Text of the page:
“When voters voted for ranked-choice voting, we voted for it with the understanding that there’d be two years of city-wide education, which never came,” said Christian Amato, who has been polling Bronx residents on their awareness of the ranked-choice system.
By now, many New Yorkers have likely heard about ranked-choice voting, the city’s newly adopted system of selecting winners in primary elections.
Instead of voting for one candidate in a given contest — like the mayoral, Comptroller, or City Council race — voters can now rank up to five different choices for each seat. Ranked-choice voting, which is said to improve the quality of elections by giving voters more choice, is already used in a growing number of jurisdictions around the country.
Critics of the new system say that despite a $15 million voter education push from the city — which includes what officials describe as “robust” advertising, multilingual resources and partnerships with community groups — the initiative is too little, and done too late to be optimal. The city announced its voter ed initiative in late April of this year, some pointed out, even though the ranked-choice voting referendum was approved in late 2019.
“When voters voted for ranked-choice voting, we voted for it with the understanding that there’d be two years of city-wide education, which never came,” said Christian Amato, Bronx-based founder and chief executive of Consense Strategies, which has been polling Bronx residents on their awareness of the ranked-choice system. “And you can’t make up for two years without education by throwing $15 million dollars out at the electorate.”
Mayor Bill de Blasio dismissed concerns about the timing of the initiative. “I am absolutely convinced the timing works because what I’m seeing all over the city is people have not been paying attention to this election yet, but this is the organic time where they will pay attention,” he said during remarks announcing the voter education campaign and the appointment of Chief Democracy Officer Laura Wood in late April. “And in fact, concentrating such a massive outreach effort in this space of time is the thing that will get people’s attention. We’re going to spend the money when it actually will be felt.”
The city has spent approximately $10.5 million on its media campaign, including $7 million on TV ads and $1 million on digital ads, a City Hall spokesperson told City Limits last month. Officials have spent around $2 million on direct outreach partnerships, which include collaborations with faith-based groups and minority- and women-owned businesses, the spokesperson said. Print and “out-of-home” outreach, which includes bus shelter and subway system advertising, cost approximately $600,000 and $500,000, respectively.
But even some of those who train voters on the system say the switch is likely to confuse and alienate some voters. Already, some New Yorkers who voted early have complained that informational materials on ranked-choice voting arrived after they’d cast their ballots — if at all.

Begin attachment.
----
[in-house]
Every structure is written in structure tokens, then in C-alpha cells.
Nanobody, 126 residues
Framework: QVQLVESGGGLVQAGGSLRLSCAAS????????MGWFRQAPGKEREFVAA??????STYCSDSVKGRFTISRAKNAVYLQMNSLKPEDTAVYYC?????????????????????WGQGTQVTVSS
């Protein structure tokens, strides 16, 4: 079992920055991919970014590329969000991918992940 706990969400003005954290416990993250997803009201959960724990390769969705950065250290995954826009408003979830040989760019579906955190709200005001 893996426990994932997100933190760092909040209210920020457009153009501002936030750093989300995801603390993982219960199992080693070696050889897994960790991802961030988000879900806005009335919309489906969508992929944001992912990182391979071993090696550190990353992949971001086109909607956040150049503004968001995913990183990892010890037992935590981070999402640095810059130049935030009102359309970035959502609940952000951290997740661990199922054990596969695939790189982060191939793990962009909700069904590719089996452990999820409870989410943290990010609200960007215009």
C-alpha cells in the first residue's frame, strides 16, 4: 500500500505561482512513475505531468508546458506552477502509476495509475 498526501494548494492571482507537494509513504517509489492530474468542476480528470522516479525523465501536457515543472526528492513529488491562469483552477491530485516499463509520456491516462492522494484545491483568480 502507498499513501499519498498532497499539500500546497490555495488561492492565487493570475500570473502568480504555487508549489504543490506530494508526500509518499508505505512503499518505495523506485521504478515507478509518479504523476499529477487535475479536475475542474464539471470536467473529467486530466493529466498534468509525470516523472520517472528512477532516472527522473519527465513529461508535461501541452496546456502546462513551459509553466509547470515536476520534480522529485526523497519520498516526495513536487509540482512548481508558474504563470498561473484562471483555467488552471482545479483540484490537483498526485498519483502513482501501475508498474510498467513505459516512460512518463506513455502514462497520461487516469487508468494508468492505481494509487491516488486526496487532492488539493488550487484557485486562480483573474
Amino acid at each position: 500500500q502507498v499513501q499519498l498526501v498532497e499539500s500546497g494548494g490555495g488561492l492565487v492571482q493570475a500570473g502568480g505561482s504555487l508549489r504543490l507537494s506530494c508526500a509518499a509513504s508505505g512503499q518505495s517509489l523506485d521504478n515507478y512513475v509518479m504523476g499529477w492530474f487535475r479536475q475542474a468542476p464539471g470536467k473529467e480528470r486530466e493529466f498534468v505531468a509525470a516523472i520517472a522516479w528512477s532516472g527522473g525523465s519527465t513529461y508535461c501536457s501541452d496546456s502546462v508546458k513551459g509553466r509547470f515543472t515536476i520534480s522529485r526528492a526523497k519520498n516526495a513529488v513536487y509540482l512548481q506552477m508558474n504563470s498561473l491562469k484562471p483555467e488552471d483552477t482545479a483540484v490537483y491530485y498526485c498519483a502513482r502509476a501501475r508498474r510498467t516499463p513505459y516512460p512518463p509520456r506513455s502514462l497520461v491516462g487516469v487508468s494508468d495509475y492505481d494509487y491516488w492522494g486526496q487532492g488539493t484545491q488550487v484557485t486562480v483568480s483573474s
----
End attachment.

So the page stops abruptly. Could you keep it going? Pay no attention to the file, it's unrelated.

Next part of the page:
“Ranked-choice voting is going to disempower and disenfranchise us, because they failed to properly educate our communities and educate voters, even though they’ve had over a year — pandemic or no pandemic,” said Mona Davids, who trains New Yorkers on the system through her consulting firm, Social Impact Strategies.
“Many of our workshop attendees are unfamiliar with ranked-choice voting,” said Davids, who has trained close to 1,000 city residents. “The most common question is, ‘When did this happen? Who decided this?’”
Davids, of the Bronx, was an initial opponent of the ranked-choice system, voting “no” on the 2019 referendum. Testifying before the City Council’s Committee on Governmental Operations in December, Davids criticized officials for not mounting an education campaign sooner.
“The same vigor that went into passing this new electoral system should have been applied to educating voters throughout the year,” Davids said in her Dec. 7 testimony.
Opponents of ranked-choice voting, including some city lawmakers, have even tried — unsuccessfully — to sue to stop its implementation, claiming, like Davids, that it would unfairly disenfranchise some voters.
Still, other organizations say that they have managed to reach these voters and teach them about the new electoral system.
“The $15 million effort has helped tremendously,” boosting the reach groups have been able to have, said Debbie Louis of Rank the Vote NYC, one of the groups that is collaborating with NYC Votes. Her organization has reached thousands of voters, she said, including 150,000 in one May weekend.
“Although I know some folks love or hate ranked-choice voting, I do think we’ll understand more of this process after we see what it does in our city,” she added.
It appears that there may still be challenges to the system coming after the Tuesday election. The city Board of Elections may issue preliminary results in races using ranked-choice voting on Tuesday night, but absentee ballots must be counted before a final vote count — and certainty on who wins or loses key contests — can be offered. The process could take weeks.
Already, the delay is drawing criticism from some candidates for mayor, including Brooklyn Borough President Eric Adams, who said on Sunday that it might prompt New Yorkers to suspect “hanky-panky.” Adams later said he would respect the Board of Elections process.